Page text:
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|Born: (1906-10-17)October 17, 1906
|Died: November 17, 1987(1987-11-17) (aged 81)
|April 16, 1931, for the St. Louis Cardinals|
|Last MLB appearance|
|September 27, 1945, for the Chicago Cubs|
|Earned run average||3.46|
|Career highlights and awards|
Samuel Paul Derringer (October 17, 1906 – November 17, 1987) was an American right-handed pitcher in Major League Baseball who played for three National League teams from 1931 to 1945, primarily the Cincinnati Reds.
He won 20 games for Cincinnati four times between 1935 and 1940, peaking with a 25–7 season in 1939 as the Reds won the NL pennant for the first time in 20 years. His 161 victories with Cincinnati are the club record for a right-hander, and rank second in franchise history to Eppa Rixey's 179; he also held the team record for career strikeouts when his career ended. His 579 games pitched ranked eighth in NL history when he retired, and his average of 1.88 walks per 9 innings pitched ranked behind only Christy Mathewson (1.59) and Grover Cleveland Alexander (1.65) among pitchers with 3000 innings in the NL since 1900.
Born in Springfield, Kentucky, Derringer made an impressive debut with the St. Louis Cardinals in 1931, winning 18 games for the eventual World Series champions and leading the NL in winning percentage (.692); he had a streak of 33 consecutive scoreless innings in September. He finished third among pitchers in voting for The Sporting News Major League All-Star Team, gaining 56 votes (of a potential 229) and outpolling all other NL pitchers combined. Despite the team's victory, he suffered defeats in Games 1 and 5 of the World Series against the Philadelphia Athletics. He slumped to an 11–14 mark in 1932, and after beginning 1933 at 0–2 he was traded to the Reds in a six-player deal that brought Leo Durocher to the Cardinals. Despite a respectable 3.23 earned run average, he was 7–25 with Cincinnati that season, setting a team record for losses which still stands; his 27 overall losses led the NL, and came within two of Vic Willis' modern NL record, set in 1905. Derringer's record improved to 15–21 in 1934.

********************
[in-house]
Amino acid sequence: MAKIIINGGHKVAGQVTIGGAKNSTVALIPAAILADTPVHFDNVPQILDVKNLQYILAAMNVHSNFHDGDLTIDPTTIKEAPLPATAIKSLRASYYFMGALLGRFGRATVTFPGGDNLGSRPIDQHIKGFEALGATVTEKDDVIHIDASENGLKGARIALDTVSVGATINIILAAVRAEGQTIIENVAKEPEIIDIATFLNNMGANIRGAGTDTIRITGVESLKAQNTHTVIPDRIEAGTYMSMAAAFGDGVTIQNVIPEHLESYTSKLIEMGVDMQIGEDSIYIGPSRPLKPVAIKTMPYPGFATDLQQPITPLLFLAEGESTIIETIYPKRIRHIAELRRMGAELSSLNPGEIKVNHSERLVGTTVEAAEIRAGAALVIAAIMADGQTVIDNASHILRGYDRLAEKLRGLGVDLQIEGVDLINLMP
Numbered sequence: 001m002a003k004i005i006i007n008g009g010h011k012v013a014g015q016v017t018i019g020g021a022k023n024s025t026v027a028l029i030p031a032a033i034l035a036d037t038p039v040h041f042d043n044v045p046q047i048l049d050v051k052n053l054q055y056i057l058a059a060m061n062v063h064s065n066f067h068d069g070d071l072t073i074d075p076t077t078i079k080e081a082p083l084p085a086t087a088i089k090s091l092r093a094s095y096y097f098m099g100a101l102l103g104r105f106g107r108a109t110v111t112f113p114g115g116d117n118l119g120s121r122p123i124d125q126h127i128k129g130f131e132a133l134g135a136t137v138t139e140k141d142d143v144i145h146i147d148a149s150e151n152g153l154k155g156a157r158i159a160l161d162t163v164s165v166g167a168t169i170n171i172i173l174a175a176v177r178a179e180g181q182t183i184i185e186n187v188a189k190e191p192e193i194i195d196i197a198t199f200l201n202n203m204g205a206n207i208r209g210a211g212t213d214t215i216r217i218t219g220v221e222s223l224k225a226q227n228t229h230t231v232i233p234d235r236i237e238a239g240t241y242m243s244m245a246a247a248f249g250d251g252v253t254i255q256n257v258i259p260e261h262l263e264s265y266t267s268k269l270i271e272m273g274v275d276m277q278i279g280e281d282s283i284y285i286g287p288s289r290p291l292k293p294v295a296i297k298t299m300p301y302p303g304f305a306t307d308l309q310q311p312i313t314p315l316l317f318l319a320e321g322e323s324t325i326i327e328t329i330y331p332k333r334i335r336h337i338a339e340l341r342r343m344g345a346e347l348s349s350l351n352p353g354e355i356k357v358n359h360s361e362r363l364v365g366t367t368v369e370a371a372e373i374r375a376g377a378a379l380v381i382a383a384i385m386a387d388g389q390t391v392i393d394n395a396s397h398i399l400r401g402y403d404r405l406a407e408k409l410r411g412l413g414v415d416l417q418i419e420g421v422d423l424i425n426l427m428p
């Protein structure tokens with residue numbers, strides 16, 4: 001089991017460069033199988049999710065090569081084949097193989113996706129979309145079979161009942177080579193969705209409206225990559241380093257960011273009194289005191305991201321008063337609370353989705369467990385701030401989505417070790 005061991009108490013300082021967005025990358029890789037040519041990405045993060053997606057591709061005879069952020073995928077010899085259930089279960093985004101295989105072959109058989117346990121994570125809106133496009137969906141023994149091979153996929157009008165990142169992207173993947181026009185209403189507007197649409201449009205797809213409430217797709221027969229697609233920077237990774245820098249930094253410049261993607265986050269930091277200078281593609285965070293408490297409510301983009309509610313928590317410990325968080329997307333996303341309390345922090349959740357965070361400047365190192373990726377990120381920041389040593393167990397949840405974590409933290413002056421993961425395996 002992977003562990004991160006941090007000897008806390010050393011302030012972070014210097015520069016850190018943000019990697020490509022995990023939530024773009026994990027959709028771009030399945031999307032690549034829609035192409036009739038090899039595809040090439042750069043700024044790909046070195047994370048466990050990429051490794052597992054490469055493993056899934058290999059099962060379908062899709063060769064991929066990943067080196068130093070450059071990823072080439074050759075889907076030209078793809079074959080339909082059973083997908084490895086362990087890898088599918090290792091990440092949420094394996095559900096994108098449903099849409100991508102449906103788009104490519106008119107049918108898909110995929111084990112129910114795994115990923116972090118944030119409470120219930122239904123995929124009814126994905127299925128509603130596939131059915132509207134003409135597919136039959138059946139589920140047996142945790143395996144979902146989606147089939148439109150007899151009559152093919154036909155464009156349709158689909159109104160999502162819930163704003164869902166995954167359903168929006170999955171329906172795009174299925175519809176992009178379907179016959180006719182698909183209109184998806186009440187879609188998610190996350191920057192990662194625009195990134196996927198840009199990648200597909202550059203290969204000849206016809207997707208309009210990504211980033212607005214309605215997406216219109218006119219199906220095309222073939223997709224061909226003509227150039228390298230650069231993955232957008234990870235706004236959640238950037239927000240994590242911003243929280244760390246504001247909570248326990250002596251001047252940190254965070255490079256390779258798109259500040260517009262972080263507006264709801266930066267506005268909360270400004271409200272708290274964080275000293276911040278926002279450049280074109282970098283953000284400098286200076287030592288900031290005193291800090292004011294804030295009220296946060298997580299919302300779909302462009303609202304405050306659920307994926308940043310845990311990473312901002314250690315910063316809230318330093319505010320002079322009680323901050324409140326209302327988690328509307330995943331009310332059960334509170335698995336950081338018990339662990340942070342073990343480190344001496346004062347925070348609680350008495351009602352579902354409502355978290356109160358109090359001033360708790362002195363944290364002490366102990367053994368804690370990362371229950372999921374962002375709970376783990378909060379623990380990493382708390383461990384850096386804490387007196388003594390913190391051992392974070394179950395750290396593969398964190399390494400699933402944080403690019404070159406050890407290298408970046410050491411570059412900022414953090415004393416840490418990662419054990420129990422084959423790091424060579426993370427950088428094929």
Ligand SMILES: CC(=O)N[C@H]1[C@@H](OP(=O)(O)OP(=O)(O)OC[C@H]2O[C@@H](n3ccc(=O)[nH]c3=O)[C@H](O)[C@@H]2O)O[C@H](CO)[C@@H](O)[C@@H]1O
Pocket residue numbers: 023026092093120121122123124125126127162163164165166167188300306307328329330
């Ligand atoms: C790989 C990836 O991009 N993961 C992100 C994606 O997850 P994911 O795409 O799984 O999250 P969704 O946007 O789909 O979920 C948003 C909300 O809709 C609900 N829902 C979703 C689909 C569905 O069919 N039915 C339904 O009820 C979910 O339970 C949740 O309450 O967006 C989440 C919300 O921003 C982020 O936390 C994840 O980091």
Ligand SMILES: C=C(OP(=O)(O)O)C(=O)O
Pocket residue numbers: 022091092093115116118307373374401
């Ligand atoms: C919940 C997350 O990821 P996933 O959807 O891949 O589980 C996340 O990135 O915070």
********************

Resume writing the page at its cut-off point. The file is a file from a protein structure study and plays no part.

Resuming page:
In 1935 he was 22–13 for the 68–85 Reds, and was named to the All-Star team for the first of six times. On May 24 of that season, he started the first night game in major league history, beating the Philadelphia Phillies 2–1; President Franklin D. Roosevelt turned on the stadium lights from the White House. Seasons of 19–19 and 10–14 followed, on clubs which did not come close to contending, before he hit his peak from 1938 to 1940. In 1936 he set a team record with 51 appearances, breaking Rube Benton's 1912 mark of 50; his record was broken by Harry Gumbert, with 61 games in 1948.
In 1938 he was 21–14, and led the league in innings and complete games, as the Reds finished above .500 for the first time in ten years; he finished second in the NL in strikeouts (132) and third in ERA (2.93). His best season followed for the 1939 league champions as he was among the leaders in wins, ERA, strikeouts, innings and shutouts, and led the league with a .781 winning percentage – a new team record. He finished third in the MVP voting, won by teammate Bucky Walters. But in the World Series against the New York Yankees, he couldn't collect a victory as the Reds were swept; he lost a heartbreaking 2–1 decision in Game 1 when the Yankees scored in the ninth inning, and got no decision in the Reds' 10-inning loss in Game 4 after leaving in the seventh inning with a 3–2 lead.
In 1940 he was 20–12 with a 3.06 ERA and 115 strikeouts, and threw a pair of one-hitters, as Cincinnati repeated as NL champions; he finished fourth in the MVP voting, with first baseman Frank McCormick taking the trophy for the Reds for the third year in a row (Ernie Lombardi had won it in 1938). Derringer finally broke his run of bad breaks in the 1940 World Series against the Detroit Tigers; after losing Game 1 by a 7–2 score, he rebounded with complete game wins in Games 4 and 7. Walters contributed two other victories as the team won its second title, and first since 1919.
Derringer slipped to marks of 12–14 and 10–11 in 1941 and 1942, though he was named to his fourth and fifth consecutive All-Star teams. In January 1943 his contract was sold to the Chicago Cubs, and he had seasons of 10–14 and 7–13 in 1943 and 1944 before having one last excellent campaign. In his final 1945 season, he was 16–11 as the Cubs won the NL pennant, and made three relief appearances in losses during the 1945 World Series against the Tigers. He ended his career with a record of 223–212, 1507 strikeouts and a 3.46 ERA, 251 complete games and 32 shutouts. His 1062 strikeouts with the Reds were the team record until broken in 1948 by Johnny Vander Meer, and remained the top mark by a right-hander until Jim Maloney surpassed him in 1966.
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